Unless we have an unusually cold winter, it’s quite possible that 2010 will go down as the hottest year on record. Through the first eight months, this year has equalled 1998 for that dubious honor.
This in and of is not a harbinger of global warming doom, but it does provide a reminder that the era of climate change is upon us and that society — and business — must prepare now for a future that is “very likely” to include higher temperatures, more erratic weather, greenhouse gas emission restrictions, energy challenges and all the other risks that such realities entail.
In many ways, the insurance industry has been the proverbial canary in the coal mine when it comes to climate change. Some scientists believe that warmer oceans have fueled more powerful hurricanes over the past decade, and back in 2004 (when four hurricanes, Charley, Frances, Ivan and Jeanne, made landfall in Florida) and 2005 (when the “three sisters” Katrina, Rita and Wilma devastated the Gulf Coast) many industry companies began launching initiatives to research and advocate for governmental action to slow carbon dioxide emissions. Allianz partnered with the WWF. Lloyd’s proclaimed in 2006 thatsociety must “adapt or bust.” Munich Re has focused on helping create insurance for adaptation through the Munich Climate Insurance Initiative.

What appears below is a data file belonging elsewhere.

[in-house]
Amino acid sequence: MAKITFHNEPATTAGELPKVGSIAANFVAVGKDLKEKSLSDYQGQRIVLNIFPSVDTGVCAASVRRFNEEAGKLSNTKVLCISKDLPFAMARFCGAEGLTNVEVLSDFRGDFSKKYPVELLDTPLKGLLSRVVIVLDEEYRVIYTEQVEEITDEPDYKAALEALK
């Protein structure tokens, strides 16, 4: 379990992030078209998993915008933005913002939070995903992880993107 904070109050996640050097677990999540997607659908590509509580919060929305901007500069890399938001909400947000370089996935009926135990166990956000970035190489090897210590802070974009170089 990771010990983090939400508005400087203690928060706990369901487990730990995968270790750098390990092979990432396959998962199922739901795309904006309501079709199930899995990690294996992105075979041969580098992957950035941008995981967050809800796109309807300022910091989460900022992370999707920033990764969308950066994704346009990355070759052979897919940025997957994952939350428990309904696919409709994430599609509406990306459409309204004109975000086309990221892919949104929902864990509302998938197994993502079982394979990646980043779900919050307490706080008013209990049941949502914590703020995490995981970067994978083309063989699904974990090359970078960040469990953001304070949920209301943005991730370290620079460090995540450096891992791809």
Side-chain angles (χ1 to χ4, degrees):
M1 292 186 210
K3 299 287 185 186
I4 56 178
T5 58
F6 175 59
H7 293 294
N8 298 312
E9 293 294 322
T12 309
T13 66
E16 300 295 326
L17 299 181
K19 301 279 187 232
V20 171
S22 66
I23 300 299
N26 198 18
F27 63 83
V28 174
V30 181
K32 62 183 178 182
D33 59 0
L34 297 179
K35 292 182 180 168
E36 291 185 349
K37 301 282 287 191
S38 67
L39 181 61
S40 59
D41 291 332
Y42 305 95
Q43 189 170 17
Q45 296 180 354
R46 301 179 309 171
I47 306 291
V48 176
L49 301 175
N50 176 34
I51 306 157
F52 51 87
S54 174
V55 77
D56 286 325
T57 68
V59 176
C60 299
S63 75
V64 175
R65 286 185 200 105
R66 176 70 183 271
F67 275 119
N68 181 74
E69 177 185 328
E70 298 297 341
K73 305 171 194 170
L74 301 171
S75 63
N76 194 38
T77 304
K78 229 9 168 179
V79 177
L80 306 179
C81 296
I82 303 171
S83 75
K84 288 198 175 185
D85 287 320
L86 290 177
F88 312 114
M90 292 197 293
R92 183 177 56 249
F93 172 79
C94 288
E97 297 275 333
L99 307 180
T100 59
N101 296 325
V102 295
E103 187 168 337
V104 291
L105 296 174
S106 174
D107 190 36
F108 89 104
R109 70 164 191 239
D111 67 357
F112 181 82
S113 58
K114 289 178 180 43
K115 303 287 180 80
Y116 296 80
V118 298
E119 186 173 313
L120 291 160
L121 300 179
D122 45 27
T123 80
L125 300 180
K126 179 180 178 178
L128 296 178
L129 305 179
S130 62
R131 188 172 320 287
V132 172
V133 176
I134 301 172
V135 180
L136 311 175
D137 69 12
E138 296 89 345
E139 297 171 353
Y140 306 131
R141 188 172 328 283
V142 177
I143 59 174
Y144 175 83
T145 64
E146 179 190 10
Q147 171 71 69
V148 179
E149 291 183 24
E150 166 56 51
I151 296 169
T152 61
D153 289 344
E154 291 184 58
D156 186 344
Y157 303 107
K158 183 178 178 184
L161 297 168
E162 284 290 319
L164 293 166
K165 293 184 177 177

Many other insurers, reinsurers and brokers have launched similar efforts.
For most risk managers, environmental risks have leapfrogged many other threats. In the past, they were mainly under the radar and only relevant in certain industries that may have to deal with Superfund sites or chemicals that the EPA has deemed dangerous.
They affect virtually every company from retail and manufacturing to financial services and construction. And climate change has been the main driver of this new priority placed on environmental exposures as it has the potential to intensify many other risks (like oil scarcity, something Lloyd’s recently warned could have “expensive and potentially catastrophic consequences” for companies who don’t prepare).
For all these reasons, we will continue to talk about the risks of climate change — especially during the next five days of “Climate Week NYC 2010.” Since we are right here in the Big Apple and this summit will be bringing together so many smart people with so many smart things to say about climate change, we will try to attend some of the events this week and report back what they have to say
Later today, I will be sitting in on a panel Swiss Re is hosting about climate change adaptation that will feature experts from the UN, the World Bank, Oxfam, Swiss Re and the Caribbean Catastrophe Risk Initiative. Tomorrow, Virgin head Sir Richard Branson of Virgin, UN Secretary Ban Ki-moon and Ted Turner will add their thoughts. And on Wednesday, another group of revered thinkers will discuss the risks that climate change poses to low income countries. Altogether, there are at least 20 other interesting presentations planned.
We will try to make it to as many events as possible and let you know what all the fuss is about.
Check back throughout the week.Reprinted with permission from the Risk Management Monitor. Copyright 2010 Risk and Insurance Management Society, Inc. All rights reserved.